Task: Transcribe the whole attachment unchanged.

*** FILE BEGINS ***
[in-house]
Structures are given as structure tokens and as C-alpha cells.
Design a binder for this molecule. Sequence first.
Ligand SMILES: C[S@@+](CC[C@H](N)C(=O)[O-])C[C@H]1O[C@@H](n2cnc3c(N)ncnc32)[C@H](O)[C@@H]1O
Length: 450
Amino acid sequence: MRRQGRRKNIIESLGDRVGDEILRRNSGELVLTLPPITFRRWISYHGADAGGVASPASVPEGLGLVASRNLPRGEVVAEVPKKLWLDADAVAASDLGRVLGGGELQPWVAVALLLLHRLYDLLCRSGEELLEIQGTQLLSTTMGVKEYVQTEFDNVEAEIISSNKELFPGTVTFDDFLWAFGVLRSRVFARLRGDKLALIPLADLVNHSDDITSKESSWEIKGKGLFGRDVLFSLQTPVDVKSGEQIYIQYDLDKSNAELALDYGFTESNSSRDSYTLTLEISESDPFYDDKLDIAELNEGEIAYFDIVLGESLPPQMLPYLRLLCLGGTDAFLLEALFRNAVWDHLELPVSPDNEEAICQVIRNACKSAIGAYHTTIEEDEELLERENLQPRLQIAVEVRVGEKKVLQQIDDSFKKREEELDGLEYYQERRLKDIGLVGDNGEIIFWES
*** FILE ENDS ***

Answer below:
[in-house]
Structures are given as structure tokens and as C-alpha cells.
Design a binder for this molecule. Sequence first.
Ligand SMILES: C[S@@+](CC[C@H](N)C(=O)[O-])C[C@H]1O[C@@H](n2cnc3c(N)ncnc32)[C@H](O)[C@@H]1O
Length: 450
Amino acid sequence: MRRQGRRKNIIESLGDRVGDEILRRNSGELVLTLPPITFRRWISYHGADAGGVASPASVPEGLGLVASRNLPRGEVVAEVPKKLWLDADAVAASDLGRVLGGGELQPWVAVALLLLHRLYDLLCRSGEELLEIQGTQLLSTTMGVKEYVQTEFDNVEAEIISSNKELFPGTVTFDDFLWAFGVLRSRVFARLRGDKLALIPLADLVNHSDDITSKESSWEIKGKGLFGRDVLFSLQTPVDVKSGEQIYIQYDLDKSNAELALDYGFTESNSSRDSYTLTLEISESDPFYDDKLDIAELNEGEIAYFDIVLGESLPPQMLPYLRLLCLGGTDAFLLEALFRNAVWDHLELPVSPDNEEAICQVIRNACKSAIGAYHTTIEEDEELLERENLQPRLQIAVEVRVGEKKVLQQIDDSFKKREEELDGLEYYQERRLKDIGLVGDNGEIIFWES